IN THE SPOTLIGHT

Azim A. Aziz and Zulqaisar Hamidin

Ar Azim A. Aziz (AAA) and Ar Zulqaisar Dato’ Hamidin (ZH) are the principal partners and co-founders of award-winning architecture firm ATSA Architects. Both have vast experiences in managing and designing projects that comprised a wide variety of building types and scales.

After graduating with a Bachelor of Architecture degree from the Louisiana State University, USA in 1987, Aziz worked with Jurubena Bertiga International for five years. He specialised in project management and managed many of the projects designed by the principals. After gaining experience, Aziz set up ATSA Architects Sdn Bhd with Zulqaisar Hamidin and Yee Teck Choon. He designed numerous building types of different scales, including sustainable designs for commercial and residential projects, as well as for the arts and entertainment communities. In 2011, he presented his paper “Zeitgeist – The spirit of our time” to the Worldbex Architectural and Construction Seminar in Manila. He has also recently published ATSA 2008–2011 Monograph.

Hamidin is a designer who graduated from Washington State University in 1988. He worked with two reputable architectural companies in Malaysia—Jurubena Bertiga International Sdn Bhd and BEP Architects—before joining ATSA Architects as a principal partner and co-founder in 1992. He is mainly responsible for the firm’s design work and has extensive experience in numerous project segments, including commercial, residential, education, healthcare, hospitality, public space, master planning and interior design.

Since its establishment in 1992, ATSA Architects has provided a variety of design services throughout all states of Malaysia and participated in international projects in Maldives, India, Papua New Guinea, Brunei, etc. Over the past 20 years, ATSA has grown not only in capacity, but also improved the quality of services provided. Besides its headquarters in Kuala Lumpur, ATSA has established branch offices in Penang, Kuching, Kota Kinabalu and Johor Bahru. The company is also currently associated with OWMP International in Brunei Darussalam.

Construction+ caught up with these two key personnel of ATSA Architects to share their experiences on how to strike a balance between design and management of clients’ expectations, as well as insights into the future of architecture practice.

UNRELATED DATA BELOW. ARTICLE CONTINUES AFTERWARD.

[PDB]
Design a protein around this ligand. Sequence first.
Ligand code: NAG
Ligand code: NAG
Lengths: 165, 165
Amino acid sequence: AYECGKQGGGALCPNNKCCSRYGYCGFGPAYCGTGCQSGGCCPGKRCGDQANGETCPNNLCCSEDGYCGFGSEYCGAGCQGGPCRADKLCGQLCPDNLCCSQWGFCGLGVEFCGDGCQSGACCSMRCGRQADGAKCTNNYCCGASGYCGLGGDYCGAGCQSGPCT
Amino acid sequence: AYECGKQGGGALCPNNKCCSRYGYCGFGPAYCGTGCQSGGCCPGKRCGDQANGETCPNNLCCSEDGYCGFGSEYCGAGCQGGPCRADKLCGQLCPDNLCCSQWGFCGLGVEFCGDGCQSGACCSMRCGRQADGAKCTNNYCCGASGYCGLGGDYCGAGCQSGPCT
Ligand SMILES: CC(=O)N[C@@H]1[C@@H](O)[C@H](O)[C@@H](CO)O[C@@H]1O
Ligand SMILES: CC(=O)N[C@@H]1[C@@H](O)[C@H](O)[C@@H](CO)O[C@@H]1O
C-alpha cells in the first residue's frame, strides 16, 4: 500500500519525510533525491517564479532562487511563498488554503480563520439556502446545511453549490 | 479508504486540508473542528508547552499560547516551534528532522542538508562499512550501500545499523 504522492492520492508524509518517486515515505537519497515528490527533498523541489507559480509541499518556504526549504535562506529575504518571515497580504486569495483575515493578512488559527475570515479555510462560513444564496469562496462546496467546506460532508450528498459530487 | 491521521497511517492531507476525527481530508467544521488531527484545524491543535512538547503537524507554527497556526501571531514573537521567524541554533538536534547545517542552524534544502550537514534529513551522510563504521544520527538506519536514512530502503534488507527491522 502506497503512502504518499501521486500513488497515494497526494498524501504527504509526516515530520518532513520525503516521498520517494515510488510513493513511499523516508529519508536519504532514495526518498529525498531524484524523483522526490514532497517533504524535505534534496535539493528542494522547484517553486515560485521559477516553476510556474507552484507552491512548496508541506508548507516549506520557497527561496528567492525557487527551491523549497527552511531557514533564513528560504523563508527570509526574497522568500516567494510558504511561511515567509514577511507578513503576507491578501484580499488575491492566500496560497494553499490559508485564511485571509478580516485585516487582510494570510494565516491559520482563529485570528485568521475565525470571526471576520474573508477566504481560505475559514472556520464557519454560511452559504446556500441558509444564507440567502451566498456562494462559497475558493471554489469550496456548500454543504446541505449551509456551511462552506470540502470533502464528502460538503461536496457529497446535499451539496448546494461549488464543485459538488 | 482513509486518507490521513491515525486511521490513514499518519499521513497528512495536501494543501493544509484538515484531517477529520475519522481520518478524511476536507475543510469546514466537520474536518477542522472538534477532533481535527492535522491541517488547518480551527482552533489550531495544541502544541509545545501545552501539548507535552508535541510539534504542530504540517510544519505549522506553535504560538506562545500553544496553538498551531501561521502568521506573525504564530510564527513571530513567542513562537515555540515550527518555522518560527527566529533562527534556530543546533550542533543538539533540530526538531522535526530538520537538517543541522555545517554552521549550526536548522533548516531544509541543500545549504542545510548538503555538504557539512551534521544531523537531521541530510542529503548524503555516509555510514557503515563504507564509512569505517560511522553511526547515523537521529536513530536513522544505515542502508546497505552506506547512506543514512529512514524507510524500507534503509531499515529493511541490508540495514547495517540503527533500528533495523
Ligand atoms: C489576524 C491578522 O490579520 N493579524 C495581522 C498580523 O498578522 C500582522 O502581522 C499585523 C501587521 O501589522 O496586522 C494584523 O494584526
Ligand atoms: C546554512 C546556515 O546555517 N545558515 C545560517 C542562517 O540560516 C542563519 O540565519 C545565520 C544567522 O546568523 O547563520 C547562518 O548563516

Tell us about your guiding approach to design and managing clients’ expectations as directors in ATSA Architects.
AAA: To approach a client and manage their expectations is to really understand their needs. This can be done by listening and at the same time producing a solution or solutions that will meet their expectations. Not all clients are the same, which requires us to explore various alternatives until one is found.
ZH: We always try to firm up the clients’ briefs as much as possible and guide them, if they are not too sure of their briefs. We will also try to find out our clients’ preferences, in terms of whether the architectural language suits our taste.

Could you give an example of a successful project you have led from inception to completion?
AAA: One of the projects that I have led from inception to completion would be the Cyberjaya Mosque—Masjid Raja Haji Fi Sabilillah, although it was a tough project to realise. The original version was to build it into the first Green Platinum mosque in Malaysia using the GBI rating tools, and probably the first in the world to achieve this status. Several innovative ideas were used to achieve the desired result.
ZH: One of them is the CIMB Headquarters at Jalan Raja Laut. I believe that we produced one of the best looking high-rises in Kuala Lumpur, whilst fulfilling the client’s brief and budget.

What do you think is a major strength of your design studio and how have you personally contributed towards its success?
AAA: ATSA Architects is a design-oriented architectural firm and we put design innovation as our top priority. My partner Hamidin and I are usually personally involved in the initial concept or design stage of a particular project. We also have to work closely with our designers and design team to express our ideas in images so that they can visualise. The ideas are then translated into a built form.
ZH: For the past 24 years in business, I believe we managed to produce varieties of architecture language and not stick to only one or two particular styles. We always allow our design architects to explore new design ideas, whilst guiding them to make those designs workable.

Could you give an example of a creative and practical design concept that you have conceived and delivered?
AAA: The Cyberjaya Mosque, its multipurpose hall and staff quarters must be one of our best efforts in being creative, while producing a practical solution that catered to the needs of the community.